And don’t mistakenly believe, as many people do, that long-term care coverage is only for 80-year-olds. In reality, about 40 percent of Americans receiving long-term care benefits are between the ages of 18 and 64, according to the Department of Health and Human Services.
But what if you still think you can’t afford long-term care insurance?
Simbro suggests tapping into the “living benefits” that your permanent life insurance offers.
“You can annuitize permanent life insurance,” he says, using the cash value as a way to generate an annual retirement income stream. You can also use either the cash value or the dividends from life insurance to directly fund your long-term care premiums, Simbro says.
As with life insurance, long-term care coverage can vary greatly based on where you live, family history and how long you want the coverage to last.
“Don’t presume there’s a one-size-fits-all amount that everyone should have,” Simbro says.
4. Better diversify your portfolio.
At this phase of your life, you don’t want financial mistakes — and particularly investment blunders — to derail your retirement game plan. So make sure you’re not investing all of your savings in just a single account or investment type.
If you have investments, review them now — or have a money manager do it — to make sure you have a truly diversified portfolio. After age 50, you also want to reap the greatest possible return from your investments, as these may be your highest income-earning years and the time when you have the most potential to sock away money.
Ahead of retirement, the goal is to start adjusting your investment risk a bit, while maintaining the opportunity for steady growth in the upcoming years.
“As you get closer to retirement, I would argue that diversification becomes even more important,” says Dan Keady, a certified financial planner in Charlotte, N.C., and director of financial planning for the financial services firm TIAA-CREF. He notes that pre-retirees have a shorter window to retirement and that they often forget to consider how much of their portfolio they will have to draw down annually once they stop working.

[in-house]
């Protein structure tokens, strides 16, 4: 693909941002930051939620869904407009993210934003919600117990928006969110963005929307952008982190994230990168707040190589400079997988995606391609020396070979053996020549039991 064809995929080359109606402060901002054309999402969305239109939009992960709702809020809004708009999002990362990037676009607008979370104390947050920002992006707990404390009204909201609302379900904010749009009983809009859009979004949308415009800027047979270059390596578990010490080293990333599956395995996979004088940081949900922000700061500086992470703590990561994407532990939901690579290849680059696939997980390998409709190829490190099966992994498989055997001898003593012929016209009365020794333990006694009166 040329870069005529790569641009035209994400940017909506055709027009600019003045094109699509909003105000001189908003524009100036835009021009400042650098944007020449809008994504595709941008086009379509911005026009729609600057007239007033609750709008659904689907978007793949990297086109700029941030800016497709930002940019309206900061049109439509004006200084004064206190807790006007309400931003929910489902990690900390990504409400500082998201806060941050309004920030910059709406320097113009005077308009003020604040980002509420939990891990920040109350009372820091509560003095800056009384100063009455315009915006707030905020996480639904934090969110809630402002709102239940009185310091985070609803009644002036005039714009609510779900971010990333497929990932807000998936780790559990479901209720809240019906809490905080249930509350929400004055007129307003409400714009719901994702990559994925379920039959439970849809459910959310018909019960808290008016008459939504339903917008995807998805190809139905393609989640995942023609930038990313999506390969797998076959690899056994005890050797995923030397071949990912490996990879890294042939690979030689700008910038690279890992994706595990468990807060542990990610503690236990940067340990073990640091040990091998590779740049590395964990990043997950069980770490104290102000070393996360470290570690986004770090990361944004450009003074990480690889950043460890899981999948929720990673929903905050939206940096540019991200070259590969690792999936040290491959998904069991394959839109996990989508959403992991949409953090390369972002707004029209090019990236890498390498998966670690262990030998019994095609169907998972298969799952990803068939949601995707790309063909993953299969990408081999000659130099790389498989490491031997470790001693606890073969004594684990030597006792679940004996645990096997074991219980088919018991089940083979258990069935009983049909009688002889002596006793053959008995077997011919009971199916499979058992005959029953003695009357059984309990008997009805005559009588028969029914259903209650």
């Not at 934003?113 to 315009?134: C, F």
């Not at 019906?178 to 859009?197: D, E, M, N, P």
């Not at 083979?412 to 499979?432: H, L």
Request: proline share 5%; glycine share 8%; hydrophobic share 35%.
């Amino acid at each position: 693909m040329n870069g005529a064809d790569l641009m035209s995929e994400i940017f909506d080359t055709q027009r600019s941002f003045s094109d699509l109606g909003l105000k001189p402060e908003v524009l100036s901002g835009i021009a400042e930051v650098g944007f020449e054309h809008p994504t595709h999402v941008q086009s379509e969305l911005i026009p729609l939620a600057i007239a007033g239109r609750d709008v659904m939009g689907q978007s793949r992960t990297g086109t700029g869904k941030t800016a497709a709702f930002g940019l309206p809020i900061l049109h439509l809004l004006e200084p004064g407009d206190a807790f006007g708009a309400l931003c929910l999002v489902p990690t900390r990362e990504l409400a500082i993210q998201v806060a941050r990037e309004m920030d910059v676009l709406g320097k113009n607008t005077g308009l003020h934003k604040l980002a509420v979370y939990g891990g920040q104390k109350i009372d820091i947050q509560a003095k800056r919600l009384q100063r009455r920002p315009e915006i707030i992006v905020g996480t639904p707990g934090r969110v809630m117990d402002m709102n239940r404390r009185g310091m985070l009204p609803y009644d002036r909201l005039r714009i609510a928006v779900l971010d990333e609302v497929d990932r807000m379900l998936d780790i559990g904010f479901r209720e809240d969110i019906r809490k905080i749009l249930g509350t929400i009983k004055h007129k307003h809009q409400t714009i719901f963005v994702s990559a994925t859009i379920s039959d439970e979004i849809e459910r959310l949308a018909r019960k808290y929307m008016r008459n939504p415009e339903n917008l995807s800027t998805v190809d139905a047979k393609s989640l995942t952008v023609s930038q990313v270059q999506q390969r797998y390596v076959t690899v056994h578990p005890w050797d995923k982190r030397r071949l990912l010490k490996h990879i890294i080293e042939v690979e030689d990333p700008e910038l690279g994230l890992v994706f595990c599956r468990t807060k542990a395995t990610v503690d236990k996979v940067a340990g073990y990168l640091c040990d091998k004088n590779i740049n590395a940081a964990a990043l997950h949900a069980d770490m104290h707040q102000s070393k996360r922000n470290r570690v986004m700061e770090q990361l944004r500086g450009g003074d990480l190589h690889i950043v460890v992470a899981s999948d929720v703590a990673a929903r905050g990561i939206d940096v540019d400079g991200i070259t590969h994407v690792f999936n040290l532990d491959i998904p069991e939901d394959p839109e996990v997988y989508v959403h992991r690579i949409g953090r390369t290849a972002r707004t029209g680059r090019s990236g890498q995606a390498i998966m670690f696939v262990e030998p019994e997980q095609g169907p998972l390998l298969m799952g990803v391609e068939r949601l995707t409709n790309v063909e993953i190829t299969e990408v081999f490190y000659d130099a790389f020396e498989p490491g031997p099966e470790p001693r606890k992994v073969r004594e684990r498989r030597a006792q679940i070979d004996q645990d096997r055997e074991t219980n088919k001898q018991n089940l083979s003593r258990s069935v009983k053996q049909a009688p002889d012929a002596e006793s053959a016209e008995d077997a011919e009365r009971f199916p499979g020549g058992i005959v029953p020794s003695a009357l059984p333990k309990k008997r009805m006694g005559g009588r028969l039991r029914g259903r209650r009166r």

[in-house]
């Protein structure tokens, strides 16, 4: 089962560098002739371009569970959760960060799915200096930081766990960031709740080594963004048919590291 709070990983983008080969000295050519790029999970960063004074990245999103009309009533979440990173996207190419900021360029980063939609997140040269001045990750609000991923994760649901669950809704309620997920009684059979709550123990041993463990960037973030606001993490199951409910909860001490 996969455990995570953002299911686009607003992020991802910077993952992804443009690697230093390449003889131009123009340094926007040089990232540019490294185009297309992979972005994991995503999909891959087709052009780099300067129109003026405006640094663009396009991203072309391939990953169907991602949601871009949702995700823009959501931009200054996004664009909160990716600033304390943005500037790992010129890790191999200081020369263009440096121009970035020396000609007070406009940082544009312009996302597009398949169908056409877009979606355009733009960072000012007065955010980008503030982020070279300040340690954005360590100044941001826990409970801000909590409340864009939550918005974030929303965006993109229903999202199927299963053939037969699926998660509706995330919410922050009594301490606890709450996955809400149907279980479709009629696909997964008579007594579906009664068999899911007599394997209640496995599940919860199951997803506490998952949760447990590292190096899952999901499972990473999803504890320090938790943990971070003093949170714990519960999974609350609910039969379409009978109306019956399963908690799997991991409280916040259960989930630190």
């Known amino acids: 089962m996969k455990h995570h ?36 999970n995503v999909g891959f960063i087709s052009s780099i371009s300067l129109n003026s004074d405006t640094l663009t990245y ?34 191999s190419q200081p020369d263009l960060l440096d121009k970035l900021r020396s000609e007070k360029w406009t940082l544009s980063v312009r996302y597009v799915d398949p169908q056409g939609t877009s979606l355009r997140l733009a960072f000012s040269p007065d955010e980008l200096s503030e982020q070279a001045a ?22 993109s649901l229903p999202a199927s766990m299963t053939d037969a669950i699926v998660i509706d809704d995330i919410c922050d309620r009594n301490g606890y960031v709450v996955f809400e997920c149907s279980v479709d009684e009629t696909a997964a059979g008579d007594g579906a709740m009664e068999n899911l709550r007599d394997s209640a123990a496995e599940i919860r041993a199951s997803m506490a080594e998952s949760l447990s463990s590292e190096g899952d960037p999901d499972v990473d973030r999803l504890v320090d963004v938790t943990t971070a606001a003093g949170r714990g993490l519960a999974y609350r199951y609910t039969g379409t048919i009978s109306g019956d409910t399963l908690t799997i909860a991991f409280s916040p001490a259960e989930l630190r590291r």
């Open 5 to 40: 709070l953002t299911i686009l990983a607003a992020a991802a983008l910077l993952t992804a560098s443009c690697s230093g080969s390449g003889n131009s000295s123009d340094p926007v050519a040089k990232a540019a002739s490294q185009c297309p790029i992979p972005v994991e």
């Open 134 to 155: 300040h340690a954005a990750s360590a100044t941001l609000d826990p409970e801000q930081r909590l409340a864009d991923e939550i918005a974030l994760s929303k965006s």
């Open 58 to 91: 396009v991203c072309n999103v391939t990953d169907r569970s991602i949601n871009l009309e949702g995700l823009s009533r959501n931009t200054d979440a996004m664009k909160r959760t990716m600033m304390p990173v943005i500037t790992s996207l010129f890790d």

So having the right mix of stocks, bonds and cash is essential — as is avoiding duplication in your investments.
Keady says one way to ensure that you don’t have so-called portfolio overlap is to pay attention to multiple factors. Look closely at the investment class you’re buying (stocks, bonds, commodities, cash, etc.), the industry or sector in which an investment is held (i.e. banking, pharmaceuticals, retail, and so on), as well as investment style (growth vs. value).
As for maintaining a healthy asset allocation, or mix of investments, that’s where things get a lot trickier.
In years past, investment professionals offered general rules of thumb like “take the number 100 and subtract your age.” The resulting number would suggest how much of your portfolio should be invested in stocks.
These days, though, most financial planners hesitate to offer such broad guidelines, suggesting that you’re far better off sitting down with an adviser who can assess your overall financial standing plus your goals, needs, risk tolerance and time horizon.
5. Set up a will or a trust. Now!
Admit it: You’ve procrastinated about creating a will for far too long, telling yourself you’d get around to it “someday.” Well, someday is now! It’s time to create or update your last will and testament.
Unfortunately, nearly half of all of Americans over the age of 50 don’t have a basic will, according to FindLaw.com.
Getting a professional in your corner can get you on the right track and help ensure that you take care of these essential financial tasks. To find out which professional can best assist you, whether it’s an attorney, life insurance specialist, investment adviser or someone else, try a site called DesignationCheck.com.
The site provides information on what each designation behind an adviser’s name really means. It also spells out what course work, exams, continuing education, qualifications and code of ethics a professional had to pass or agree to live by in order to obtain a given designation.